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tv   [untitled]    June 17, 2014 11:00pm-11:31pm PDT

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example of exactly why, you know, alternative a would be more disperse than the 2009 housing element. so, the defects do remain if you actually read the comments, they are highly evasive, and that's all i can say. thank you. >> colleagues, any questions to any of the parties? okay, at this time this hearing has been held and is filed. [gavel] >> this matter is in the hands of the board. colleagues? [laughter] >> do we have a motion to either affirm the final e-i-r or reverse certification? supervisor wiener. >> i guess this is motion day for me. i appreciate the appellants' arguments, but i believe that this, that the certification was correct and i'll make the
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motion to affirm the certification, specifically to move item 34 and table item 35 and 36. >> colleagues, supervisor wiener has made a motion as he described. is there a seconder of that motion? seconded by supervisor tang. take a roll call vote on the motion. >> supervisor campos? campos aye. supervisor dado? chiu? chiu aye. supervisor cohen? cohen aye. supervisor farrell? farrell no. supervisor kim? kim aye. supervisor mar? mar aye. supervisor tang? tackv aye. tang aye. supervisor wiener? wiener aye. supervisor yee? yee aye. supervisor avalos? avalos aye. supervisor breed? breed aye. there are 10 ayes and one no. >> the environmental impact report is finally certified. [gavel] >> and then if we could go to item 24, madam clerk, which i think you already read. >> on item 24, supervisor campos? >> aye. >> campos aye. supervisor chiu? chiu aye. supervisor cohen?
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cohen aye. supervisor farrell? farrell no. supervisor kim? kim aye. supervisor mar? mar aye. supervisor tang? tang aye. supervisor wiener? wiener aye. supervisor yee? yee aye. supervisor avalos? avalos aye. supervisor breed? breed aye. there are 10 ayes, one no. >> the ordinance is passed on first reading. [gavel] >> and with that, why don't we go back to our 3:00 p.m. special order with regards to department of public works and i want to invite up mr. kwan. >> thank you very much. i presented [speaker not understood] with the revised list. we've met with property owners to discuss the various issues that they have brought up. we will be working with the property owners to resolve these matters.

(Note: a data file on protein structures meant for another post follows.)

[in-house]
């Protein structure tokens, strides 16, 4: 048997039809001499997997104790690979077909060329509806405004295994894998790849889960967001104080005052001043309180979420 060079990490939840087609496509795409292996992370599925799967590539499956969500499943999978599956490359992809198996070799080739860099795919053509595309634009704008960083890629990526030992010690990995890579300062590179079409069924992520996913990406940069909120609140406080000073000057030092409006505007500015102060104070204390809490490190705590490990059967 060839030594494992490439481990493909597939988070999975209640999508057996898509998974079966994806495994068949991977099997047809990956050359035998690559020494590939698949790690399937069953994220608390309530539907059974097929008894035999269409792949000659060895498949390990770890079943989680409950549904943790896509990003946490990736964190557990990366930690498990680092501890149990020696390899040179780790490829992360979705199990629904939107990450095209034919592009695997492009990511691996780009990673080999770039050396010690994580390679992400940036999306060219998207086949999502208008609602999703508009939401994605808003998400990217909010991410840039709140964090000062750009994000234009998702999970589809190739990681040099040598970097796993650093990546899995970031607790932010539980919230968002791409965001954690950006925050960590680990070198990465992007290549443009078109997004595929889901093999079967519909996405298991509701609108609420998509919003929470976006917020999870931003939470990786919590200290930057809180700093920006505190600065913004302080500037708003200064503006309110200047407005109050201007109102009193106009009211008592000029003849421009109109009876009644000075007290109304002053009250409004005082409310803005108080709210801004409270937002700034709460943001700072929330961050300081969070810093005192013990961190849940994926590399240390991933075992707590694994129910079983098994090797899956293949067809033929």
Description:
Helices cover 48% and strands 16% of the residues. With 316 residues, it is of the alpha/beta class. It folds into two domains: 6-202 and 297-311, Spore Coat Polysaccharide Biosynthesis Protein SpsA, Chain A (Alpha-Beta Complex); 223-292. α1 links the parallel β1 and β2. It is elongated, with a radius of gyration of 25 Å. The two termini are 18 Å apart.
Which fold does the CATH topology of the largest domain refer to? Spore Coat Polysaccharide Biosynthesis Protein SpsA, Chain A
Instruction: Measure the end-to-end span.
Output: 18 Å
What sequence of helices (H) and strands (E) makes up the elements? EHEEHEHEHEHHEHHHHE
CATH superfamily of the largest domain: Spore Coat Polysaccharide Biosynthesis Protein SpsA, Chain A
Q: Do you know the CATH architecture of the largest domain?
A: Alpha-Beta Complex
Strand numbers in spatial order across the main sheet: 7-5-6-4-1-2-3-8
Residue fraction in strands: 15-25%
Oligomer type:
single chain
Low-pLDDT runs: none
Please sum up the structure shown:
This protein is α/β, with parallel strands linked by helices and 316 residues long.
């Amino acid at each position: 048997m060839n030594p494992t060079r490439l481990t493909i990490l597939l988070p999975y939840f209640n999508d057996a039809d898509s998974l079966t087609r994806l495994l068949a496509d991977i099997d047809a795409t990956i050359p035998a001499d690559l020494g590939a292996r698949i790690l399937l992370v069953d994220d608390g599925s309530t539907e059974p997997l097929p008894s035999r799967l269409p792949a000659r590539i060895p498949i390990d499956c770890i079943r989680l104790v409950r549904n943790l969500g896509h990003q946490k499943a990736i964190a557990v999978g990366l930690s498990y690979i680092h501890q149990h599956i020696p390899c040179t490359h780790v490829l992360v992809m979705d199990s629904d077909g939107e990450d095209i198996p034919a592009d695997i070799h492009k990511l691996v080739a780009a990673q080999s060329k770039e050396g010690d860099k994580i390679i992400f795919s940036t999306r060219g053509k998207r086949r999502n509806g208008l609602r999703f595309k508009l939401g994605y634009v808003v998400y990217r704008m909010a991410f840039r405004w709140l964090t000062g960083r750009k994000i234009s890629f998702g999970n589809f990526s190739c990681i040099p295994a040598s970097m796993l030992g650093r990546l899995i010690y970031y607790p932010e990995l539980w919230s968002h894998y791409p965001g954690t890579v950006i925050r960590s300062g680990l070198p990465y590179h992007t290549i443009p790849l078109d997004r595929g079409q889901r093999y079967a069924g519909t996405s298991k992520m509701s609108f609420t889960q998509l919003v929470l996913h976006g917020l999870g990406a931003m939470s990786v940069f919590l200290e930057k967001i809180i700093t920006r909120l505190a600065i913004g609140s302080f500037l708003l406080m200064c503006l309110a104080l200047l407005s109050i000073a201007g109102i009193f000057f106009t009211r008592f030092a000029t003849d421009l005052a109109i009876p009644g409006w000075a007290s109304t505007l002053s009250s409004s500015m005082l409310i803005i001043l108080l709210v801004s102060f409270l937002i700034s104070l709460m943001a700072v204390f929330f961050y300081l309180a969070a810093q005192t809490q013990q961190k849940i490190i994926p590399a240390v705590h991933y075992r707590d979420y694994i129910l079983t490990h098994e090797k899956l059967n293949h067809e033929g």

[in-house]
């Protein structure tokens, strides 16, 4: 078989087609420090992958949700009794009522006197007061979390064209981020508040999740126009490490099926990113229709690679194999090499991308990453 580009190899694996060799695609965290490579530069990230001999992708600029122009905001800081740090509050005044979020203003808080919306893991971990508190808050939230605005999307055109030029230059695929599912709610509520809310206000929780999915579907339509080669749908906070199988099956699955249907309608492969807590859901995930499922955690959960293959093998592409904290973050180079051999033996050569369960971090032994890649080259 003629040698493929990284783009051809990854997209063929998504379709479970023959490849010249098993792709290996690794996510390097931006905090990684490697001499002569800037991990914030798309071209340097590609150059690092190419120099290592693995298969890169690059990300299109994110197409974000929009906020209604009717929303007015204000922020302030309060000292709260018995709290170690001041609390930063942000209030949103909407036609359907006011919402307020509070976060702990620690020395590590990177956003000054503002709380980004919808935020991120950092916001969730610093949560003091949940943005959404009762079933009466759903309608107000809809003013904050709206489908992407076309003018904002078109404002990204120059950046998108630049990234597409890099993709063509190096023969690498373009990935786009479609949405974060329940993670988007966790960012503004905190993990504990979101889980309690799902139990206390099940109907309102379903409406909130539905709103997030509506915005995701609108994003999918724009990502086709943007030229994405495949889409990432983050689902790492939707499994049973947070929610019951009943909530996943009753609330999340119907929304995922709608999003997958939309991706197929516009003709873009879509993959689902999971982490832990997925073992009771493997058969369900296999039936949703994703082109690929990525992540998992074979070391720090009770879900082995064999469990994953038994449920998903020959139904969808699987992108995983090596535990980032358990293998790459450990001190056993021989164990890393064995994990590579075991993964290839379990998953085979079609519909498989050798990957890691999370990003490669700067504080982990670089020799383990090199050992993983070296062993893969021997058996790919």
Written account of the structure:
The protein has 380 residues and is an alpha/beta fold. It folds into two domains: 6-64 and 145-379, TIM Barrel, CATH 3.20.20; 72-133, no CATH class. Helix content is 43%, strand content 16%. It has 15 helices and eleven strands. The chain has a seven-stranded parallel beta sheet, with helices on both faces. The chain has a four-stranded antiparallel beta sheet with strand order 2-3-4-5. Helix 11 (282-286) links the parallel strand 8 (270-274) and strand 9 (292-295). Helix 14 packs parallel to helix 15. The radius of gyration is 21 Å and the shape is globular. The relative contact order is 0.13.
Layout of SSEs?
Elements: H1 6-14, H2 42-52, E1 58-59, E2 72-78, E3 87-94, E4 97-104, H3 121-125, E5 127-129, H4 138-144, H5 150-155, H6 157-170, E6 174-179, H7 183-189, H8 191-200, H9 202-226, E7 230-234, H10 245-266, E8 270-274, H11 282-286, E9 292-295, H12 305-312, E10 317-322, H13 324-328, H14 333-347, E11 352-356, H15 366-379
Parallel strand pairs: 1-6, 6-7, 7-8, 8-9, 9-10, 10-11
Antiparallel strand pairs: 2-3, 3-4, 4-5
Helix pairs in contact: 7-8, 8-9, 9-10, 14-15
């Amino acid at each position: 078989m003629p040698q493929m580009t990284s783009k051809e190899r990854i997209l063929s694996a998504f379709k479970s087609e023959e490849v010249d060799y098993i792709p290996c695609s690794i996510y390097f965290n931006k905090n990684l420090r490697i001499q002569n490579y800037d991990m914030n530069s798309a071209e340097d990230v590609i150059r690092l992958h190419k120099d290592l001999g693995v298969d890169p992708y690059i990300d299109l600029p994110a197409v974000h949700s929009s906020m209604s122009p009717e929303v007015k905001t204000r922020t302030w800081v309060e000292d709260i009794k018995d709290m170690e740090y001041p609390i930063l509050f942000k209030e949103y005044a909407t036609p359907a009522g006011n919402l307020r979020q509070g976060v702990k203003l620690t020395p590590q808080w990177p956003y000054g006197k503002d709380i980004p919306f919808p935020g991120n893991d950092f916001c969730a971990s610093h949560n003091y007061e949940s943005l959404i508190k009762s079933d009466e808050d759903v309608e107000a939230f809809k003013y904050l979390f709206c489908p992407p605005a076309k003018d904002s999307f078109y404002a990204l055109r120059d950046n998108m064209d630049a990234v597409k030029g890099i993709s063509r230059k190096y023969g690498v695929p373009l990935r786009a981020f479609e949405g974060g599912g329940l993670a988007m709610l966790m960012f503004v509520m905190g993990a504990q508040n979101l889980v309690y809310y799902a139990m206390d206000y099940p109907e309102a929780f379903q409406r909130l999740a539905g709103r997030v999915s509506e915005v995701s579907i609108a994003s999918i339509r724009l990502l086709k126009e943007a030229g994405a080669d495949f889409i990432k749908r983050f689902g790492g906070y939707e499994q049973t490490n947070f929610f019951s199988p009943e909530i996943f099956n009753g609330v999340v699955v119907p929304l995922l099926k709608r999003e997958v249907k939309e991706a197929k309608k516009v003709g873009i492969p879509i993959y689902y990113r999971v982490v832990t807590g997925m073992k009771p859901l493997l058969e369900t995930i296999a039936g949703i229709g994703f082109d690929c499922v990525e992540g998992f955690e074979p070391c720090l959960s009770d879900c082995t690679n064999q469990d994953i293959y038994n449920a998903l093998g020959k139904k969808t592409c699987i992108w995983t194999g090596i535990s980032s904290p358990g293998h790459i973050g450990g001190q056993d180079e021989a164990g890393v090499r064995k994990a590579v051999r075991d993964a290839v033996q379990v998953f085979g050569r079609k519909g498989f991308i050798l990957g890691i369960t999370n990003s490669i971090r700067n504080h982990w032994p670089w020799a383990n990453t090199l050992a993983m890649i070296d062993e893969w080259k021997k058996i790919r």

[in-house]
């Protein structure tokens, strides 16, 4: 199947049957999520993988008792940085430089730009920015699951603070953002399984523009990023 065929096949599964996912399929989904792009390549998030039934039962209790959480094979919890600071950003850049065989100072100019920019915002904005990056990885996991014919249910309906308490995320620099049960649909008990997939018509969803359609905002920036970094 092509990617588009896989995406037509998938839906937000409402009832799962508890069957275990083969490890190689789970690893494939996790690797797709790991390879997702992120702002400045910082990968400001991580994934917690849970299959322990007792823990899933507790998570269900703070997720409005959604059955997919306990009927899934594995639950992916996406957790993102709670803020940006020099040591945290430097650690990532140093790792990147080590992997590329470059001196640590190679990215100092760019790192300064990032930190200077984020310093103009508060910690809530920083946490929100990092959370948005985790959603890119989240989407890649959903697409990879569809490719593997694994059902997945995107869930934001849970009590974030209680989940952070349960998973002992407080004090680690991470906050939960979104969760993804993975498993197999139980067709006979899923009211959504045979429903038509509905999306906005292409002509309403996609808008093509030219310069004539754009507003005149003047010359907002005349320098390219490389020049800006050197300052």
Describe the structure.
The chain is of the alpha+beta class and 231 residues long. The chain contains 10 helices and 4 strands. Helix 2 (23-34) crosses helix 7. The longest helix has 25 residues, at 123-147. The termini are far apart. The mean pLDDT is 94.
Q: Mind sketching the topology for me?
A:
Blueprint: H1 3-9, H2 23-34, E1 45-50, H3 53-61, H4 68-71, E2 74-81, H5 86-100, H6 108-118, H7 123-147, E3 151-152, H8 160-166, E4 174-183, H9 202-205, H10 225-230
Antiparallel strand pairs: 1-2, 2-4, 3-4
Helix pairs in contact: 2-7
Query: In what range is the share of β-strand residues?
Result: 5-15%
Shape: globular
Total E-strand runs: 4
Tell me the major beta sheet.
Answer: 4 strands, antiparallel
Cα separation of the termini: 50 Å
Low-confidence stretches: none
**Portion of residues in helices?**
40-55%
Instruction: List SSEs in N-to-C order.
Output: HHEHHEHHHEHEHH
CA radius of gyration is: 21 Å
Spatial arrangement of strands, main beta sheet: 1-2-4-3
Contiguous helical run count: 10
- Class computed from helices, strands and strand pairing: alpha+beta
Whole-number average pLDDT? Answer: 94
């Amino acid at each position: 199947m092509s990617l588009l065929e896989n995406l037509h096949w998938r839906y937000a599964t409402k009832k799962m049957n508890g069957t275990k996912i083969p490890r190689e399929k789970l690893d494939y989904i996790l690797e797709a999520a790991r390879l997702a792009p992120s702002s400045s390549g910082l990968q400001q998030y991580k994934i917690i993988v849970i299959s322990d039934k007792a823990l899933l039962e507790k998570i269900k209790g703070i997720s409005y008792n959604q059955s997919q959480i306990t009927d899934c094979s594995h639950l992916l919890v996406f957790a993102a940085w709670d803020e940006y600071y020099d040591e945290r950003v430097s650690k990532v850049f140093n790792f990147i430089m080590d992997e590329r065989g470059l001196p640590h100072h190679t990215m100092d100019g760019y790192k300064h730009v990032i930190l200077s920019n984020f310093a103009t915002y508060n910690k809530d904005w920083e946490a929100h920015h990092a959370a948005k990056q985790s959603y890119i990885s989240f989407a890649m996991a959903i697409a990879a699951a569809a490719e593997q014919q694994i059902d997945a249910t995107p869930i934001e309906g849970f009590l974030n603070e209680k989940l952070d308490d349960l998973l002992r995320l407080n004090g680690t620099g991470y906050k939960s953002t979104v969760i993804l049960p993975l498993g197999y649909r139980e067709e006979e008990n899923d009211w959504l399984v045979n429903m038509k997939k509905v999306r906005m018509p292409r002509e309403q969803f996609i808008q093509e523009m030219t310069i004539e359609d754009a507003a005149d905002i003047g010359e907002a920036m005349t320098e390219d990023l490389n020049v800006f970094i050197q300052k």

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we have provided revised list for your approval for the assessment list of properties for assessments for sidewalk repair. >> okay, colleagues, any questions? with that, could i have a motion to approve the amendments that he has asked for? motion by supervisor yee, seconded by supervisor tang. without objection, the amendments to the underlying report are approved. [gavel] >> and if we could take a vote on the resolution as amended. madam clerk? >> supervisor campos? campos aye. supervisor chiu? chiu aye. supervisor cohen? cohen aye. supervisor farrell? farrell aye. supervisor kim? kim aye. supervisor mar? mar aye. supervisor tang? tang aye. supervisor wiener? wiener aye. supervisor yee? yee aye. supervisor avalos? avalos aye. supervisor breed? breed aye. there are 11 ayes.
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>> this resolution is adopted. [gavel] >> thank you. >> let's go to roll call, madam clerk. >> supervisor campos is first to introduce new business. >> thank you. thank you. first i'd like to introduce a hearing request regarding the possible closure of the university mound ladies home, specifically i want to express my extreme concern about the possible closure of this institution. university mound ladies home is a university consistent with its mission statement. for more than 100 years has been serving individuals, mostly women of modest means. the importance of providing affordable and compassionate care for seniors cannot be overstated.